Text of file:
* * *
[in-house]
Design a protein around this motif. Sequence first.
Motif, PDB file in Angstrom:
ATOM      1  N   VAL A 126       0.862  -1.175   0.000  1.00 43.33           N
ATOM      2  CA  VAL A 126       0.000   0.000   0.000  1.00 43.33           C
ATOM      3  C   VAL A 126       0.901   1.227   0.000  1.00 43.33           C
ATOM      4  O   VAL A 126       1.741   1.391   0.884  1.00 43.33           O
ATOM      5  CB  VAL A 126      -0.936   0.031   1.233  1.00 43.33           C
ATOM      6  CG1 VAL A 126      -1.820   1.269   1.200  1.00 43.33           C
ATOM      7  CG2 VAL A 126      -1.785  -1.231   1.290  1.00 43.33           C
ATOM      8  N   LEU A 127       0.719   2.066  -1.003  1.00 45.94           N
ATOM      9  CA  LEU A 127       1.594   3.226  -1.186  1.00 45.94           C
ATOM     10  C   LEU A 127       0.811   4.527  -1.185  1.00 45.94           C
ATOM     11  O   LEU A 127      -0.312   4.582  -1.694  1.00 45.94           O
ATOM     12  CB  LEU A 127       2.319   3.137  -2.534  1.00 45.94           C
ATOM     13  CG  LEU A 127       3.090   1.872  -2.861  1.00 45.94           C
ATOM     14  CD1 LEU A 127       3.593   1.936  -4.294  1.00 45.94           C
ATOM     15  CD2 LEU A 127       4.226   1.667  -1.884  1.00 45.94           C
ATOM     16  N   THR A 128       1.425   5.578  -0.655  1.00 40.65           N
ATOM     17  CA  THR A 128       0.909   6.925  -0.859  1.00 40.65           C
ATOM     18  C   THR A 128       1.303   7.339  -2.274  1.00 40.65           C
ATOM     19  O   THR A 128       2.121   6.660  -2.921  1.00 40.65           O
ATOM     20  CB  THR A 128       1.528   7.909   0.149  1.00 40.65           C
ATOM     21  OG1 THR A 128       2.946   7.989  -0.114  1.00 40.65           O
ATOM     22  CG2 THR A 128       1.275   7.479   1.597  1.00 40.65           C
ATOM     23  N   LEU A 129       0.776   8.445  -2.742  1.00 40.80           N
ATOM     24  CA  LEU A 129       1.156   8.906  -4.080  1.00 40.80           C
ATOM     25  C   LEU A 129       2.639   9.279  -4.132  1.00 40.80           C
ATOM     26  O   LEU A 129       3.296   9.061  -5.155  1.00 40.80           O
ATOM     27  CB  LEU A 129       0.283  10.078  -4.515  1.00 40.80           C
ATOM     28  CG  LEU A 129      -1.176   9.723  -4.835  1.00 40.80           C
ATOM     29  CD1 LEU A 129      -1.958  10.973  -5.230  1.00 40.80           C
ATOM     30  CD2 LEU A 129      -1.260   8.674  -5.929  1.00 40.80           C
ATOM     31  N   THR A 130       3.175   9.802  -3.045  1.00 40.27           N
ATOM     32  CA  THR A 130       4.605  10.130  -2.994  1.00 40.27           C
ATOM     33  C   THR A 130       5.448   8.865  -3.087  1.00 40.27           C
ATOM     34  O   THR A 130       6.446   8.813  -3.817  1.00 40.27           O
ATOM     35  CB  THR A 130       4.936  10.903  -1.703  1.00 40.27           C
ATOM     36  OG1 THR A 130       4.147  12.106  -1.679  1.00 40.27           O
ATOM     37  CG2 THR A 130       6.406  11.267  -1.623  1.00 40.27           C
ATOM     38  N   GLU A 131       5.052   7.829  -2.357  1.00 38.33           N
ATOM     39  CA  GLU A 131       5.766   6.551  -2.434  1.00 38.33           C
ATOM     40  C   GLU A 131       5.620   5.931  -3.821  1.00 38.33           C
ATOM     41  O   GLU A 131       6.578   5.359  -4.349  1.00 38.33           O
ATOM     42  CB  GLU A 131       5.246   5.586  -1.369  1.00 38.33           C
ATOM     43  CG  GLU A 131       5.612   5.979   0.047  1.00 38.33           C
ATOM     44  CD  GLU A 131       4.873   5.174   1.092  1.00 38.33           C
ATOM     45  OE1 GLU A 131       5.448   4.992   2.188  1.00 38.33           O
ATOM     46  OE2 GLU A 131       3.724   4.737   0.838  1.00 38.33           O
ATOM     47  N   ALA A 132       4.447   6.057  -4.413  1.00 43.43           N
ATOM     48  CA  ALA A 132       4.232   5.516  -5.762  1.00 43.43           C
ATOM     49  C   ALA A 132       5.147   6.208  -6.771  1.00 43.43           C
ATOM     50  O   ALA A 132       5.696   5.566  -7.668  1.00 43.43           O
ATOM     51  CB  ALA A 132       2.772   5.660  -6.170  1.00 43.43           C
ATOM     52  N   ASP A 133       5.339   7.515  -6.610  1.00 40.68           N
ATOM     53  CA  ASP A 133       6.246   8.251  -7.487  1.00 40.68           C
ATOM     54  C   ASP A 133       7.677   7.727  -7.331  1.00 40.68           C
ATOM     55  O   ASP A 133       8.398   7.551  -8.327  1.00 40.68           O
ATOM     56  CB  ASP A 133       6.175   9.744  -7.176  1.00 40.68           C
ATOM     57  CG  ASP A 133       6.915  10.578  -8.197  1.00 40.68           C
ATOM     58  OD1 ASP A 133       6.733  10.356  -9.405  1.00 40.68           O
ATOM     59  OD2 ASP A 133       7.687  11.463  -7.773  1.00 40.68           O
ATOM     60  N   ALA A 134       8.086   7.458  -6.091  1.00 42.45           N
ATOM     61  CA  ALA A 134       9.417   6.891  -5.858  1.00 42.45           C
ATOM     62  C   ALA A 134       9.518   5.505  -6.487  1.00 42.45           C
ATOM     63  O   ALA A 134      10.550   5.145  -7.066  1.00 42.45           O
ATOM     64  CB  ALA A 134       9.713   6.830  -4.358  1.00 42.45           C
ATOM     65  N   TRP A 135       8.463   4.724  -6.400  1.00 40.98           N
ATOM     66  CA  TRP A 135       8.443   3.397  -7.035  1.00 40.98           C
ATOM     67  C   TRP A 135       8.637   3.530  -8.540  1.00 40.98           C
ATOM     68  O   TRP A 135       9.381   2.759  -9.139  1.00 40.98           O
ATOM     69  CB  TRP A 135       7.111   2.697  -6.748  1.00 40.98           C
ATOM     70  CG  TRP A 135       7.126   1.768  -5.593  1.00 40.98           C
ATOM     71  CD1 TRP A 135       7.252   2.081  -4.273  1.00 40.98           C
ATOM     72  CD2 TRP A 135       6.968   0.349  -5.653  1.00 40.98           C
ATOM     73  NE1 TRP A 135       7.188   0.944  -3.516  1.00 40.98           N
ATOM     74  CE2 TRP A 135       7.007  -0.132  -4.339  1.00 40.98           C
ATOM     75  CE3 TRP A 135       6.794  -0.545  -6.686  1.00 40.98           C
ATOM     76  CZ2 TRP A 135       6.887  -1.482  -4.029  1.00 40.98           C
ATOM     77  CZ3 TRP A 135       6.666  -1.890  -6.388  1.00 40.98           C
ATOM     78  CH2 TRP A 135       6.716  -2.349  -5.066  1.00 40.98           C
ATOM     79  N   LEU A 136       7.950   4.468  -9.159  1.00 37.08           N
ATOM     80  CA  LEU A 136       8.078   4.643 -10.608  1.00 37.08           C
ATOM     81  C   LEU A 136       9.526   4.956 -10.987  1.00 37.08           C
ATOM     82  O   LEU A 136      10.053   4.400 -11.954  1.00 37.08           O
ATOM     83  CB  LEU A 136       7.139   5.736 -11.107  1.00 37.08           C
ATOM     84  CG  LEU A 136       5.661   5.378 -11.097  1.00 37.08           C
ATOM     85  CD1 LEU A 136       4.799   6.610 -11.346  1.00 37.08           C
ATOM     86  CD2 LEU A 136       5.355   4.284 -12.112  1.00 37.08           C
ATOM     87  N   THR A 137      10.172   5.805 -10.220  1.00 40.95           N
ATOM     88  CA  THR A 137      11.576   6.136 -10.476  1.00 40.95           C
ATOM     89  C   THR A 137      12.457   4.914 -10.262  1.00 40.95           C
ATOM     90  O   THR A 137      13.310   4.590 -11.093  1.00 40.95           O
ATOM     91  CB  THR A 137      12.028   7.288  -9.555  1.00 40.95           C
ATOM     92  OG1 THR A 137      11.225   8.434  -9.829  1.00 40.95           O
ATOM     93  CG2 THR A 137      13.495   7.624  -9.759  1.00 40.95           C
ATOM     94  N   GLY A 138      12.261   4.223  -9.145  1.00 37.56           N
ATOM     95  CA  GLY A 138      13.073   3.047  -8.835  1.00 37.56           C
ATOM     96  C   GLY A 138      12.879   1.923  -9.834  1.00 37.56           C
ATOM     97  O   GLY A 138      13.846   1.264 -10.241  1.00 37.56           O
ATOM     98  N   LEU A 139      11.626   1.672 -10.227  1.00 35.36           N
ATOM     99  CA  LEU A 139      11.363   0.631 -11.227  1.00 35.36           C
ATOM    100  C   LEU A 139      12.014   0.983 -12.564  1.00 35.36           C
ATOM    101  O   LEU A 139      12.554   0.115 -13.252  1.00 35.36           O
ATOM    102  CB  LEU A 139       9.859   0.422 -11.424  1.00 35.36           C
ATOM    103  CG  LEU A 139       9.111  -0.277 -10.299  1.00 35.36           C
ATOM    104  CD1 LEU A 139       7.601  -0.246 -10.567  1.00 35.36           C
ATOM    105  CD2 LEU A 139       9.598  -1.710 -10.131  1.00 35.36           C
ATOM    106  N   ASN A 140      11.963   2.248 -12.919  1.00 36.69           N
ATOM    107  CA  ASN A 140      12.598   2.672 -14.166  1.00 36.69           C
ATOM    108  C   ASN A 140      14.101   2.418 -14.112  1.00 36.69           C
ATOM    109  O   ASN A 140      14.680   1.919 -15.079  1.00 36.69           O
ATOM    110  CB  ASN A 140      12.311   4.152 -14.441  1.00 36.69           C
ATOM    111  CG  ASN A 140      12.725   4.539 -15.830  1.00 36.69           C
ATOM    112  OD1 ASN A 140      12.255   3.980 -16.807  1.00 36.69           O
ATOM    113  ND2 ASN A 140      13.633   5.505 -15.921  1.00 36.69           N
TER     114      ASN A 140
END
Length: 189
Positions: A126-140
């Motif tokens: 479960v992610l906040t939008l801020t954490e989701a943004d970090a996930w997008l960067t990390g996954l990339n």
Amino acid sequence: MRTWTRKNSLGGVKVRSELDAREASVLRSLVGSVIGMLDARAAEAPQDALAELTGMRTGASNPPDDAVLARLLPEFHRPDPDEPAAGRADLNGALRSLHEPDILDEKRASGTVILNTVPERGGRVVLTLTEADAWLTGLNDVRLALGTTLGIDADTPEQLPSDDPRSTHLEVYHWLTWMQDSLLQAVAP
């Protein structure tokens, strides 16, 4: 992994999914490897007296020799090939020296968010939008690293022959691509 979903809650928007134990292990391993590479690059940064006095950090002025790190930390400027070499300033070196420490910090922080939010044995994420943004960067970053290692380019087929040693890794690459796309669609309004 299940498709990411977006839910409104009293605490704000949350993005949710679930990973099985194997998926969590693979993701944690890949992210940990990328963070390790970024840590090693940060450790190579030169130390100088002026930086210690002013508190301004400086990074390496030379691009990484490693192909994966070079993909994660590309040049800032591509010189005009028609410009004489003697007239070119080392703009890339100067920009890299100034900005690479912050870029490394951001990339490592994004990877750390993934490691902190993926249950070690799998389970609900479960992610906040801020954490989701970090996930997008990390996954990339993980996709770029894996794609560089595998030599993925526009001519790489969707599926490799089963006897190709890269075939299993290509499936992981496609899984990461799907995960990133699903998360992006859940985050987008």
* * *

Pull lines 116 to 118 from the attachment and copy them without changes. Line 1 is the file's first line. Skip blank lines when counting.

ATOM    113  ND2 ASN A 140      13.633   5.505 -15.921  1.00 36.69           N
TER     114      ASN A 140
END